From making successful forays in the international market to expanding its retail presence in the country, the fashion industry has given Pakistan a lot to be proud of in the year 2014.
For starters, this is the year that the two fashion councils in the country, the Pakistan Fashion Design Council (PFDC) and Fashion Pakistan Week (FPW), came into their own and established a stable routine of holding their bi-annual showcases. Timing issues and lack of buyers aside, both councils organized two fashion weeks each that brought the best of Pakistani pret and couture to the runway. Designers such as Sana Safinaz, Shamaeel Ansari, Misha Lakhani, Mohsin Ali, Shehla Chatoor and Sanam Chaudhri, to name a few, took out collections that proved how fashion-forward and contemporary local designers could be.
Perhaps by virtue of this very quality, four designers made their debut at the Lakme Fashion Week in Mumbai this August. Rizwan Beyg, Faiza Samee, Sania Maskatiya and Zara Shahjehan were invited to show their collections at the prestigious platform – a feat worth celebrating because while LFW is one of India’s two most prominent fashion weeks, it has historically shied away from showcasing Pakistani talent. The designers received a warm response and a few weeks later, Sonam Kapoor was shot for the cover of an Indian glossy wearing a piece from Sania’s LFW collection. That’s some endorsement, wouldn’t you say?
Sania Maskatiya, the young designer, who’s gone from strength to strength lately, added another achievement to her list this year – she was shortlisted for the International Woolmark Prize for 2014/2015 from this region, along with Khaadi and Republic by Omar Farooq. As one of international fashion’s most coveted accolades (Karl Lagerfield and Yves Saint Laurent were the winners of the very first award in 1954), the Woolmark Prize has a rigorous selection criteria for nominees and the fact that three Pakistani designers made the cut is a triumph for the local fashion industry.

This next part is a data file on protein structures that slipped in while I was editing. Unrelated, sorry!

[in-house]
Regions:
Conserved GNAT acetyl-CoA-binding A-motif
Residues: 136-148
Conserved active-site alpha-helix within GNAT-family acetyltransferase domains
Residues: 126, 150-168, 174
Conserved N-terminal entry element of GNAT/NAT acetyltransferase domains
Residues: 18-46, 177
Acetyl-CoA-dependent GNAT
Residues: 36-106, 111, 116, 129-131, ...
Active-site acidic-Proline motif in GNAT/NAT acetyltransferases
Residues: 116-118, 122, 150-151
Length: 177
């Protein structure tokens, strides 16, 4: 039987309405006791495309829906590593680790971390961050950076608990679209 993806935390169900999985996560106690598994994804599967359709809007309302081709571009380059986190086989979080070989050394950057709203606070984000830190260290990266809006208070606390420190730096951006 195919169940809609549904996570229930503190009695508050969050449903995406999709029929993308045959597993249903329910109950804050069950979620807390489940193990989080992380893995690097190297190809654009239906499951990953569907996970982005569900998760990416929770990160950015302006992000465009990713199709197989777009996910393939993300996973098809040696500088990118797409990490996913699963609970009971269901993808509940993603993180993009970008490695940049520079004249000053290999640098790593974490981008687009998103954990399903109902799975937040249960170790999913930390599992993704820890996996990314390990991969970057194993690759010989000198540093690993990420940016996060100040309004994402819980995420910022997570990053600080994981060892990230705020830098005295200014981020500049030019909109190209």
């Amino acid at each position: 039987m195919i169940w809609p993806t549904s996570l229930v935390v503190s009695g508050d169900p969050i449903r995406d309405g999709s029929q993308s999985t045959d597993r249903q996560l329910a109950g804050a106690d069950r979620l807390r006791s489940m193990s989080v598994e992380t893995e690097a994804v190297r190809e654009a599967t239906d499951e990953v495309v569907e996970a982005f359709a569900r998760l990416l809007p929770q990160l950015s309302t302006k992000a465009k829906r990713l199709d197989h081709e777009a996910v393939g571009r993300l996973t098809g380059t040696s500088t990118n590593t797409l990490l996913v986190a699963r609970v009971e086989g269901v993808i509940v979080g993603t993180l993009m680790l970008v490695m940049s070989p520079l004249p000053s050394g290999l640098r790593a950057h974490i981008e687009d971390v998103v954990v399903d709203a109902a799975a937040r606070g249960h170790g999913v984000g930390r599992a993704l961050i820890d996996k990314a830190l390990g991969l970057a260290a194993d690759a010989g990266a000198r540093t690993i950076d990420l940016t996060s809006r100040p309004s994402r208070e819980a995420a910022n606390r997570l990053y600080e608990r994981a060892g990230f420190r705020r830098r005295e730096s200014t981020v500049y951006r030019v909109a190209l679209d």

From Amal Alamuddin’s Inaaya durri necklace to British Vogue featuring FnkAsia earrings on its blog, there were numerous other instances throughout the year where local fashion was feted globally. Khaadi cemented its position as the most recognizable Pakistani brand abroad by opening another shop in the UK after the two it set up in London last year. The Khaadi outlet in Birmingham is the first step in Shamoon Sultan’s ambitious plan to conquer the UK market in the next few years with as many as 20 new stores. With Khaadi stores in the Middle East and Malaysia and its Pakistani outlets getting bigger and better, the brand has proven itself to be a powerhouse of success and innovation.
Speaking of innovation, this is the year that local textile mills embraced designer intervention like never before. With Khadija Shah of Elan joining Sapphire as Creative Director and launching its ready-to-wear line, it seems like the textile industry finally decided to move away from its temporary associations with big names and formalize the integration. That’s great news for the mass market, which can now hope to get its hands on quality fashion at an affordable cost. Al-Karam has brought on board Sania Maskatiya till 2016 and if such collaborations continue, they have the potential to change the face of retail in the country.